As Administrator, he managed more than 17,000 Agency employees nationwide and oversaw an annual budget of $7.7 billion. His tenure expired on January 20, 2009.
Johnson tried to block the efforts of 17 states to reduce greenhouse gas emissions and improve fuel economy. He defended his position by arguing that “The Bush administration is moving forward with a clear national solution, not a confusing patchwork of state rules. I believe this is a better approach than if individual states were to act alone.” The state rules he was blocking were more stringent than the Bush administration’s proposed national solution. Johnson came under investigation for allowing the White House to improperly interfere with the decision to grant California a waiver to limit greenhouse gases. On May 20, 2008, Johnson was questioned for three hours by the House Oversight and Government Reform Committee. On July 29, 2008, four Senators called for Johnson’s resignation, alleging he made false statements to Congress.
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According to our records, Stephen L. Johnson is possibily single & has not been previously engaged. As of June 2021, Stephen L. Johnson’s is not dating anyone.
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Facts & Trivia
Ranked on the list of most popular Politician. Also ranked in the elit list of famous celebrity born in United States.
When EPA administrator Christine Todd Whitman resigned in 2003, Johnson became the acting deputy administrator, the number two position at EPA, and remained in that position when former Utah governor Michael O. Leavitt was named administrator.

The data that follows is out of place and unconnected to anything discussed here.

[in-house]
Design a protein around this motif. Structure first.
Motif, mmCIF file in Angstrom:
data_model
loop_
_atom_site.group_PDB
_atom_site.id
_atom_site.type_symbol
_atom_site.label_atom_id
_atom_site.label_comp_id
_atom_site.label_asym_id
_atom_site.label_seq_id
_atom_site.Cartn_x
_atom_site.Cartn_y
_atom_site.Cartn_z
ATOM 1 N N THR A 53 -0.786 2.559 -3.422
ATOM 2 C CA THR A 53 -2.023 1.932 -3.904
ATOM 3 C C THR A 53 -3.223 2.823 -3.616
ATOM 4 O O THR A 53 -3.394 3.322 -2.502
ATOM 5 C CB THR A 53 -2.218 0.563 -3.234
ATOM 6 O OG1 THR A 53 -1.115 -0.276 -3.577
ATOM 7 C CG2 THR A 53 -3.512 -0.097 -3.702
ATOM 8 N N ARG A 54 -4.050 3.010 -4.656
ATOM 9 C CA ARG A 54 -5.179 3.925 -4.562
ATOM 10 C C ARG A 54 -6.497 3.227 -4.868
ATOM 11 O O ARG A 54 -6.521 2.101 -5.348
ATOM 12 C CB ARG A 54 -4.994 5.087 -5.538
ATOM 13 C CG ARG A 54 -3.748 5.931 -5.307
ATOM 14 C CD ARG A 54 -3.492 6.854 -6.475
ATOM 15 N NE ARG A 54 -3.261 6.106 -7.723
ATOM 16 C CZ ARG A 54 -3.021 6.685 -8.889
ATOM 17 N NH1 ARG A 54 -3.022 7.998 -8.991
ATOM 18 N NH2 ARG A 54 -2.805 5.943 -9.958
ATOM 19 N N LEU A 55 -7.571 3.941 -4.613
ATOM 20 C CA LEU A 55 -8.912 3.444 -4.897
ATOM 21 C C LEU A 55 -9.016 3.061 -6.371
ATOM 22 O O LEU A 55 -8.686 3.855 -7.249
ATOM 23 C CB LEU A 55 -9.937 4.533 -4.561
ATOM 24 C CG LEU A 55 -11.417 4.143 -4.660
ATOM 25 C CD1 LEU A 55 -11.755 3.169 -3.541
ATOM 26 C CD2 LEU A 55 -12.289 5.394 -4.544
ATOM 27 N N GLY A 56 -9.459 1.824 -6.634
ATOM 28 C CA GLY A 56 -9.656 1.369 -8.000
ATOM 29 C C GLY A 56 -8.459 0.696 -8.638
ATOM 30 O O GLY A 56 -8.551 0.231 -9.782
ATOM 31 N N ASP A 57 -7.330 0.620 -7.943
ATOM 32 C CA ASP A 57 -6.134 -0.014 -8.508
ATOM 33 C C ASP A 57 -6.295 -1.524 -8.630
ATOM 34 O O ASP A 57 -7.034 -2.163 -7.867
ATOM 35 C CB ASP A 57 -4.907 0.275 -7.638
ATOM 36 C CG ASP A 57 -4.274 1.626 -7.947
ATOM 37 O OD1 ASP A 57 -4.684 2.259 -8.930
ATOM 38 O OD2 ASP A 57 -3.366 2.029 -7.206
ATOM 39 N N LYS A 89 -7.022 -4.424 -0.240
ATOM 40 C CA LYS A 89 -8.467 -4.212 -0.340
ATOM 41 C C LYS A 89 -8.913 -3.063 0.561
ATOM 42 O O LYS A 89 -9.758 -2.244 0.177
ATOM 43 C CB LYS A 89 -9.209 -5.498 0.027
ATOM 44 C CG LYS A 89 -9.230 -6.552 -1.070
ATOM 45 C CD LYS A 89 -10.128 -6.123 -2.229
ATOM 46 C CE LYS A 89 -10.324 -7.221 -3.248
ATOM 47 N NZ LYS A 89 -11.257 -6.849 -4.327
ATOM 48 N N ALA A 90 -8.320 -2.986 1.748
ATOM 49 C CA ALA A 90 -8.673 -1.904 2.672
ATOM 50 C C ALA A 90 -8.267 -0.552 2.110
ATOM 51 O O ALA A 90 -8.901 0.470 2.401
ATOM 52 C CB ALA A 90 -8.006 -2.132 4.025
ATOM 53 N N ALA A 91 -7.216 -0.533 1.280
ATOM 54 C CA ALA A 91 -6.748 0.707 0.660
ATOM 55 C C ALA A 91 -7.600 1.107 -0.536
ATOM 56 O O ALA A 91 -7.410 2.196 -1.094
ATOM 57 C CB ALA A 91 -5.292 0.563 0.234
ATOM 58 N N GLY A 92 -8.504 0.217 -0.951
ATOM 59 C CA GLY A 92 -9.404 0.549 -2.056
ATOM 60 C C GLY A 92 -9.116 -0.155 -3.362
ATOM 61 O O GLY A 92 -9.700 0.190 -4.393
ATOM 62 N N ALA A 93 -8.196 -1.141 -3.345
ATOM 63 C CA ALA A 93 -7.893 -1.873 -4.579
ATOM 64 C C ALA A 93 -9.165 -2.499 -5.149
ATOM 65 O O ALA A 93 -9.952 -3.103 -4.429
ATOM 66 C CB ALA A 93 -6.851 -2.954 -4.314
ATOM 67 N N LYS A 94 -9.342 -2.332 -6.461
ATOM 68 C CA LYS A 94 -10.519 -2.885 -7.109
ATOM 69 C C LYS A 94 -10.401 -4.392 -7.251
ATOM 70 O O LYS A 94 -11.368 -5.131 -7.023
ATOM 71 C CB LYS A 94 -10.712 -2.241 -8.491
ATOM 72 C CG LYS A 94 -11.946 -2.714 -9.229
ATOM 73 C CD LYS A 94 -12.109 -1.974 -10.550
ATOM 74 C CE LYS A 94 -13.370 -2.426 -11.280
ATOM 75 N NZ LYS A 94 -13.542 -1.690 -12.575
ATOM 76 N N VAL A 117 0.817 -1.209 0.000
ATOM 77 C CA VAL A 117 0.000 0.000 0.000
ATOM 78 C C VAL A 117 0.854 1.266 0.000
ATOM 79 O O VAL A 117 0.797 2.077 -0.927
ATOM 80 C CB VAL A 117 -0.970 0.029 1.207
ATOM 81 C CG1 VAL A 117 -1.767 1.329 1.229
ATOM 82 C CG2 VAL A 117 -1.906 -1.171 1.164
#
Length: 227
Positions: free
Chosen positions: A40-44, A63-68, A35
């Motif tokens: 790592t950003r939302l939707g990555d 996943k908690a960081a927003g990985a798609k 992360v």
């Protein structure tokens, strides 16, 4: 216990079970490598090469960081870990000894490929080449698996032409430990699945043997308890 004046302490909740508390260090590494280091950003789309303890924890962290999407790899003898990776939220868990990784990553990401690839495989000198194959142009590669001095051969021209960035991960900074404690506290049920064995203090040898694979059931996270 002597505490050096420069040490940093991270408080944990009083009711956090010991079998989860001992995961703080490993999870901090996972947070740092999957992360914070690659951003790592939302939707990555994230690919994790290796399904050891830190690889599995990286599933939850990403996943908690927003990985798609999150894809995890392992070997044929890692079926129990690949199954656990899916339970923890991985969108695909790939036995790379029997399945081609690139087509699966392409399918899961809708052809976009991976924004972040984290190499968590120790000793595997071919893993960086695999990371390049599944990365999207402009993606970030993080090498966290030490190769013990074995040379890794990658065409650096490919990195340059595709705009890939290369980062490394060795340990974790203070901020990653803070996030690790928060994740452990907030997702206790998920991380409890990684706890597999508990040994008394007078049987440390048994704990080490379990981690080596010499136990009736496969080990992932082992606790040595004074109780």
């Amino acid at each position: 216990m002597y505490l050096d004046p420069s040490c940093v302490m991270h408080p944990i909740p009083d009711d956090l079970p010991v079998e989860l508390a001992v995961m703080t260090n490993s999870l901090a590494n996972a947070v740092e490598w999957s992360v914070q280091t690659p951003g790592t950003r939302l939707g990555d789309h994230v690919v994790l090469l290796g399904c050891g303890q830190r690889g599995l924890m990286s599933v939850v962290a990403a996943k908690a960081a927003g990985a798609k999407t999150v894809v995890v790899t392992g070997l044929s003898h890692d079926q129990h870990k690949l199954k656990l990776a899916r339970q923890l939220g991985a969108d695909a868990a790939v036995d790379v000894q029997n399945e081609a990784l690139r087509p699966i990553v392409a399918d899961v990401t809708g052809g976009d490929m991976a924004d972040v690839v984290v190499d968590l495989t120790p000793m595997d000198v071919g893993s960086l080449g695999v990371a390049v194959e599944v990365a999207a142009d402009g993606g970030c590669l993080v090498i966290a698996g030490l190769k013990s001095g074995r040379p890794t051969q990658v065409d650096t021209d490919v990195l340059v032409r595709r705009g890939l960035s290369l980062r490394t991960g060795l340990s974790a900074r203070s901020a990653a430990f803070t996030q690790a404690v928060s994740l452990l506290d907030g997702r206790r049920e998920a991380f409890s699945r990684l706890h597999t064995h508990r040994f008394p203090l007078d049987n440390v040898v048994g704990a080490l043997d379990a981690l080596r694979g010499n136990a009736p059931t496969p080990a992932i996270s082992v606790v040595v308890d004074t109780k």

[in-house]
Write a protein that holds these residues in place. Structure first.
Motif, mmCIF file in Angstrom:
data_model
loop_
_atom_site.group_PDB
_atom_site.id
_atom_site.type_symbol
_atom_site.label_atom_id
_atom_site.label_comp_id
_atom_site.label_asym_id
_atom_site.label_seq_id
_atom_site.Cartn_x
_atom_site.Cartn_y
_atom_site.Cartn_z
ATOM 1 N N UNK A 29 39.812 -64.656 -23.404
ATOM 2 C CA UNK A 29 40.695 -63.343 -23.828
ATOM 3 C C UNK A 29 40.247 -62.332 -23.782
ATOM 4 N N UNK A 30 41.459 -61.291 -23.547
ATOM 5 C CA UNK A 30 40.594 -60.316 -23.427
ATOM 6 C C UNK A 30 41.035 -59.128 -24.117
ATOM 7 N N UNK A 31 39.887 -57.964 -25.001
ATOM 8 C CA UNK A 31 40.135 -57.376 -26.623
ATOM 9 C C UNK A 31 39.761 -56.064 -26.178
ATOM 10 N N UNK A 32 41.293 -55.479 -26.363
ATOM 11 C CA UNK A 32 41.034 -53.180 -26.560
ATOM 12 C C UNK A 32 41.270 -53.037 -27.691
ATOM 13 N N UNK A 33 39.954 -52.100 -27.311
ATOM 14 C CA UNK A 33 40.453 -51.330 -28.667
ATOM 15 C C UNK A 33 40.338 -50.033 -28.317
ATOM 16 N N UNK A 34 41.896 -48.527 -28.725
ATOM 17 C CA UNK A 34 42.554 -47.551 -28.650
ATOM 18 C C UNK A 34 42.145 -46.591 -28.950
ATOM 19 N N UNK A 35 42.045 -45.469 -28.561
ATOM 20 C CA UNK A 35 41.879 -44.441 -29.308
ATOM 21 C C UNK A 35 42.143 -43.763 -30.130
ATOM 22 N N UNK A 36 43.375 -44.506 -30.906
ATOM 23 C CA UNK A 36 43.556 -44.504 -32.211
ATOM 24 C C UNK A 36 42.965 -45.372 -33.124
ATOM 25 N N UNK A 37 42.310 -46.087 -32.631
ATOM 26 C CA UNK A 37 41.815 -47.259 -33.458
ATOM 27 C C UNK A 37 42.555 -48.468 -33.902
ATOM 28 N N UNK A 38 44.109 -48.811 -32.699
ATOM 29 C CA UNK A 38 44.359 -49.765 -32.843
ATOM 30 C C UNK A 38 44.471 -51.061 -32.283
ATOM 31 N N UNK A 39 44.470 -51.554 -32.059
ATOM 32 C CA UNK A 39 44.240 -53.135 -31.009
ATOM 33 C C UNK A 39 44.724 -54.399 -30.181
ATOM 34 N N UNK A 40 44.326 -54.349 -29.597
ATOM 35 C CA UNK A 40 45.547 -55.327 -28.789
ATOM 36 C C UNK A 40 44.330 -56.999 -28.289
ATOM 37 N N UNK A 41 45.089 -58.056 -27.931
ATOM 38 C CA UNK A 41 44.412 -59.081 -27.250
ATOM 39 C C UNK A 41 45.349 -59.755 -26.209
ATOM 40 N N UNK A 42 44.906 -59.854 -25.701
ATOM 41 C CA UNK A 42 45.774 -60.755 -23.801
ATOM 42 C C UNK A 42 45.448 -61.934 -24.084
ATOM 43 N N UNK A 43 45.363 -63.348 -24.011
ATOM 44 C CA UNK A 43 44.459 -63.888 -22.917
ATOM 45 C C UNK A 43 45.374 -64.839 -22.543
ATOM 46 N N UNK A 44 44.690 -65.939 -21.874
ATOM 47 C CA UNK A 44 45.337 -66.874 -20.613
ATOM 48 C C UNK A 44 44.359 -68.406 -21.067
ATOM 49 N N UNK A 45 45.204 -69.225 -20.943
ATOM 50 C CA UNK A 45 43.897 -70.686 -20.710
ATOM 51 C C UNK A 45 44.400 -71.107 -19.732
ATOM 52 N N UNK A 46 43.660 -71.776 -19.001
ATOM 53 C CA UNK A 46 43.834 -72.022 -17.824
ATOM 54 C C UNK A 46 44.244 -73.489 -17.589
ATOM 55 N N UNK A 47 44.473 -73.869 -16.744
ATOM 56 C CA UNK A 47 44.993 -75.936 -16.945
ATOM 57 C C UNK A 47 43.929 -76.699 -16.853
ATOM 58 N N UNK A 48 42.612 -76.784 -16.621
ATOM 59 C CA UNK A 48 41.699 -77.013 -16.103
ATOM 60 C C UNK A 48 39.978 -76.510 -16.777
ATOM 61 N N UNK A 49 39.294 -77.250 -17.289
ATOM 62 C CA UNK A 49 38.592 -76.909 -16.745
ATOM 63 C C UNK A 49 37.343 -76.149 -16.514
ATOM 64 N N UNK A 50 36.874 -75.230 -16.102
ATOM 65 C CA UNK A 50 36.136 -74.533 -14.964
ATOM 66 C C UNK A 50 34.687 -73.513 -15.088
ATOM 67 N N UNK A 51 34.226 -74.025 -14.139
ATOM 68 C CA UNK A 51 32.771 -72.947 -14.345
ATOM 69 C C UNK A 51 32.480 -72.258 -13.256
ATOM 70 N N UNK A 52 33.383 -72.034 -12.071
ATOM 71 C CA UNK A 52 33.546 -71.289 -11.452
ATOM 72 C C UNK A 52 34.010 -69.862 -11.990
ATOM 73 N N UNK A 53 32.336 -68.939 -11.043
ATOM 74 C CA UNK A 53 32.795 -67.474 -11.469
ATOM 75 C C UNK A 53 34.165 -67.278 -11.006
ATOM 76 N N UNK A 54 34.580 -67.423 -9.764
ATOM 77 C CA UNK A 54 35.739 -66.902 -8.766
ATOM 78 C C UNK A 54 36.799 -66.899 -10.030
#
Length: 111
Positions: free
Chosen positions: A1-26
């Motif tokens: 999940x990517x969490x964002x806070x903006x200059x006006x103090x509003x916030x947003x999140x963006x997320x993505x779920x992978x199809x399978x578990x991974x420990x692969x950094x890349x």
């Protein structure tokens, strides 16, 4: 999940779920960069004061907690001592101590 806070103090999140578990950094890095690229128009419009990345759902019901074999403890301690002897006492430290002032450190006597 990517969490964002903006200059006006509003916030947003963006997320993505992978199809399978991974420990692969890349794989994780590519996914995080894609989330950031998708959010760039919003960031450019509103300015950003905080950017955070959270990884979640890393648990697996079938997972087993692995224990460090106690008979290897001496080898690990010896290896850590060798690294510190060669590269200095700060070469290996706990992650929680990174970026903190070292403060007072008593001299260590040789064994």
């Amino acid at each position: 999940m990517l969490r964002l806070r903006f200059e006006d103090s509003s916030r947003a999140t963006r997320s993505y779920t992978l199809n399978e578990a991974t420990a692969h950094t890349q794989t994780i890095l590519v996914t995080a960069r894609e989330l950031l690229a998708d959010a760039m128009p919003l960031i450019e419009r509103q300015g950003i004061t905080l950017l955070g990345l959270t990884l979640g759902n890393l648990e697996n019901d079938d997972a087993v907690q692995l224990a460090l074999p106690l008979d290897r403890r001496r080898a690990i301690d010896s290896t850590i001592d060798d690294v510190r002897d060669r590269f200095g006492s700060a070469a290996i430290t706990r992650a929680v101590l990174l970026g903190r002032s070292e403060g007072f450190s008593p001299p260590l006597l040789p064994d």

Johnson’s stance on this and other issues was criticized in an editorial by the scientific journal Nature, which claimed he acted with “reckless disregard for law, science or the agency’s own rules — or, it seems, the anguished protests of his own subordinates.” In spite of this external criticism and over the objections of the Secretaries of Agriculture, Commerce, Transportation, Energy, Council on Environmental Quality, Office of Science and Technology Policy, Council of Economic Advisors, and Small Business Administration, Johnson issued the Advance Notice of Proposed Rulemaking, “Regulating Greenhouse Gas Emissions Under the Clean Air Act.” On February 29, 2008, four labor unions representing 10.000 of the EPA’s 17.000 employees (ca. 60%) published an open letter to Johnson, complaining that he had ignored the EPA’s official Principles of Scientific Integrity in advancing Bush Administration positions on water fluoridation, pesticide regulation, mercury emissions, and greenhouse gas control.
On December 9, 2008, the Office of Inspector General, US EPA concluded that “EPA’s California waiver decision on greenhouse gas automobile emissions met statutory procedural requirements.” On May 19, 2009, President Obama also concluded: “a clear and uniform national policy is also good news for the auto industry which will no longer be subjected to a costly patchwork of differing rules and regulations.”